We should be more sparing in our use of capitals

November 29th, 2023

Hamas and Israel Open to Extension of Truce

Hamas releases third group of hostages as US expresses hope of truce extension

Two headlines, selling two reports of essentially the same story – the first from The New York Times, the second from The Guardian, both on Monday 27th November 2023. I quote them here, not to question how each of these excellent newspapers might be spinning the negotiations between the two sides in the war, but to draw attention to capital letters.

To my mind, capital letters are required only: at the beginning of a sentence; and to signify proper names. By “proper names” I mean the names of people, places and organisations — the names which are proper to them, and which set them apart from other people, places and organisations.

On that basis, the only words in the headline above from The New York Times which need to be capitalised would be “Hamas” and “Israel”. But American newspapers do capitalise most words in their headlines – as did British newspapers a century ago. The headline from The Guardian exemplifies the style followed by British papers today – apart from the tabloids, which might splash the news all in capitals, thus: HAMAS-ISRAEL TRUCE HOPES. American styles are evolving too, apparently: cursory investigation indicates The Washington Post now limits capitalisation in headlines to proper names.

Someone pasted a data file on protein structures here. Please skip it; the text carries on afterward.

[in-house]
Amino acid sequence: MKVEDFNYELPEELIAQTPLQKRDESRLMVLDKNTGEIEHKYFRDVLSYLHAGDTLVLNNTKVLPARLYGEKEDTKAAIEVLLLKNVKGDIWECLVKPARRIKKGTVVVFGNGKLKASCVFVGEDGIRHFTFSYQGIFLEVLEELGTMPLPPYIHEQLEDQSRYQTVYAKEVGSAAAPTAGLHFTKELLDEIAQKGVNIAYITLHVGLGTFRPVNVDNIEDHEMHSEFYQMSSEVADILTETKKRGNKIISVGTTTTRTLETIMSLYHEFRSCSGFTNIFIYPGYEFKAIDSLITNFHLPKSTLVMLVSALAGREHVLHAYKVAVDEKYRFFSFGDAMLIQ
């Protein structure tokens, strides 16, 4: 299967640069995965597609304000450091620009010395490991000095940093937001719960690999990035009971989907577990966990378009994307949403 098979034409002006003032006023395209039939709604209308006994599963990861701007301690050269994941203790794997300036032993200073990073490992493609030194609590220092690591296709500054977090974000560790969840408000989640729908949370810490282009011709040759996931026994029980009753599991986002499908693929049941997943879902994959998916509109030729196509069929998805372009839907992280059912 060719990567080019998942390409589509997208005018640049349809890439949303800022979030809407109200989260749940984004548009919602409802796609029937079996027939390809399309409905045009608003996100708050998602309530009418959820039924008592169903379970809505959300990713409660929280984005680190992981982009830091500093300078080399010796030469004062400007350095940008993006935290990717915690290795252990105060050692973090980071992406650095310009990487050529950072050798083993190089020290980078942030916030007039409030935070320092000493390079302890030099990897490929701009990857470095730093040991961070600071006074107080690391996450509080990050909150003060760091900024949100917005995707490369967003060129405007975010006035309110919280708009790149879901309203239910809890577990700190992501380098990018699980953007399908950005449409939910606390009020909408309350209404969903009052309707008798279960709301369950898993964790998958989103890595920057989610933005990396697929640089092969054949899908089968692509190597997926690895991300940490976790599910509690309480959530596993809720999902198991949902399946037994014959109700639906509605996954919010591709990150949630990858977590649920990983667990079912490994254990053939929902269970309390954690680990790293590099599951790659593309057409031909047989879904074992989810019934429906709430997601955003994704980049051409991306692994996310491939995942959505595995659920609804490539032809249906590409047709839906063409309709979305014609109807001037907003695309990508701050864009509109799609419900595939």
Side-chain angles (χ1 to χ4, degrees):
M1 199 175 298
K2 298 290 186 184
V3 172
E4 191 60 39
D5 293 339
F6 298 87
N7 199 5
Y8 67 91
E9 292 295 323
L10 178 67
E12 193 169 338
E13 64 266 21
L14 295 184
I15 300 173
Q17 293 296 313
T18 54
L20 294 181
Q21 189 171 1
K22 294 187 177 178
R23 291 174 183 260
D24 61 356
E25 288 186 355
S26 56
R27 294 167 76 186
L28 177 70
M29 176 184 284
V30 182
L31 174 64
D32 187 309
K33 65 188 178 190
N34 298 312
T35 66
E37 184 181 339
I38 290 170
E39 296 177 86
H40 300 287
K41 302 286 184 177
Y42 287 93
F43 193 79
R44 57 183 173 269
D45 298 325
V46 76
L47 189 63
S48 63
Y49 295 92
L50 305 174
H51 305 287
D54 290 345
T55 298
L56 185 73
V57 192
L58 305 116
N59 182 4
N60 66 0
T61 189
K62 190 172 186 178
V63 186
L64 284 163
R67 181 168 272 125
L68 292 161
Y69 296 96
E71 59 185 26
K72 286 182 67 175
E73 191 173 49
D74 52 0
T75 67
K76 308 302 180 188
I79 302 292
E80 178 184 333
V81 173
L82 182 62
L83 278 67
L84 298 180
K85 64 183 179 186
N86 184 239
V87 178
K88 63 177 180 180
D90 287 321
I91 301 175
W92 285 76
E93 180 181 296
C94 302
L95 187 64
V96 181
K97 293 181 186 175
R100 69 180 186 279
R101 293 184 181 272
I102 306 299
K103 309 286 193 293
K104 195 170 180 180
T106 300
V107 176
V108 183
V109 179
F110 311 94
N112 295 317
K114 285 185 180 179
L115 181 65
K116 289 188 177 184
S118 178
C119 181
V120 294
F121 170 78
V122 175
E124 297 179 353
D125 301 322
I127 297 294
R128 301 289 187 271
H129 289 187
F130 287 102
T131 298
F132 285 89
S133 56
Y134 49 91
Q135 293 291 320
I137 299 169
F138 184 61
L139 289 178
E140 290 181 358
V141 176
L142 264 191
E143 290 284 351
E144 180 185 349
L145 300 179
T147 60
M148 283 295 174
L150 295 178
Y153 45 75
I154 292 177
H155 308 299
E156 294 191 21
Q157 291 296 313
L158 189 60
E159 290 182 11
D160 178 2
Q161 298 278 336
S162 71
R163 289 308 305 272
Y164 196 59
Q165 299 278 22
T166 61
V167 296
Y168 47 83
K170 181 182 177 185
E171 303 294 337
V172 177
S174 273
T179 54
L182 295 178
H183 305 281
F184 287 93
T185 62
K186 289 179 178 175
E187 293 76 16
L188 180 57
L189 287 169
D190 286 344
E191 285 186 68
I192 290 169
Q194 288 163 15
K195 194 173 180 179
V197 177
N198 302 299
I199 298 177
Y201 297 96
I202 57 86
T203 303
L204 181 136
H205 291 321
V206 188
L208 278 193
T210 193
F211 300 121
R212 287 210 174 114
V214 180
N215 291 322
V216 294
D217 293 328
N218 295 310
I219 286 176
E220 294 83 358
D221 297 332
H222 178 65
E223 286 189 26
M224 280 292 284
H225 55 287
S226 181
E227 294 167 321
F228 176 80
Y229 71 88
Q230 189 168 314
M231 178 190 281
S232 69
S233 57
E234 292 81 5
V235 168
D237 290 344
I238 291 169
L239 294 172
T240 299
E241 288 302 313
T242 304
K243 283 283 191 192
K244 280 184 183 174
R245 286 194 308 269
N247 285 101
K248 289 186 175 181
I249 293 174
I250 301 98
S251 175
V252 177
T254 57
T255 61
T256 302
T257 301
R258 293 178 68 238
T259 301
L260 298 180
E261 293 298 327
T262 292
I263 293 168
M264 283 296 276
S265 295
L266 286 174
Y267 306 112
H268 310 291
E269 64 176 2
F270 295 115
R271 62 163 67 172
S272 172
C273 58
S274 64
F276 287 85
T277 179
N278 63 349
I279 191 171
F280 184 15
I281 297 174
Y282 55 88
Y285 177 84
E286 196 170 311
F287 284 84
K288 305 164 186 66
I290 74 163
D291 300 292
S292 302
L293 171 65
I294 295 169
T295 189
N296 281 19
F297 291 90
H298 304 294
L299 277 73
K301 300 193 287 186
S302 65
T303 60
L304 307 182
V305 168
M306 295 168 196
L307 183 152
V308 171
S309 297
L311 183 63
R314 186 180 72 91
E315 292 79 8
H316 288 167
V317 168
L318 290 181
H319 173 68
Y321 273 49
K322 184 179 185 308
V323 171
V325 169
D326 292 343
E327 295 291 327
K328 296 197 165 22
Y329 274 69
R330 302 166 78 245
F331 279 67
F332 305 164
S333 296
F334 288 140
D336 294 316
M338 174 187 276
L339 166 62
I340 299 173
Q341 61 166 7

I’m prompted to comment on this by an email from my friend Martyn Fowler, chief executive of Elite Renewables Ltd, asking me to run a proof-reader’s eye over some text prepared for the company’s website:

Mission statement

The Definitive Zero Carbon Company, With A Market Leading Team, Showing The World What Is Possible. 

Nothing wrong with that, we might say. I don’t think this mission statement requires any capital letters apart from on the first word “The”. (Some would argue that “the World” qualifies for a capital “W”, to avoid confusing the Earth with any other worlds.) Martyn might consider starting the mission statement with the words: “Elite Renewables Ltd is the definitive zero carbon company…” highlighting the company name. As in so many aspects of marketing and promotion, less is more…

Let’s make life easier for our readers, and trouble them with capital letters only when there’s a reason for it. When most people’s job titles can get by without capitals, Prime Minister Rishi Sunak or King Charles can stand out from the crowd.

Categories: Proofreading, Words for Business

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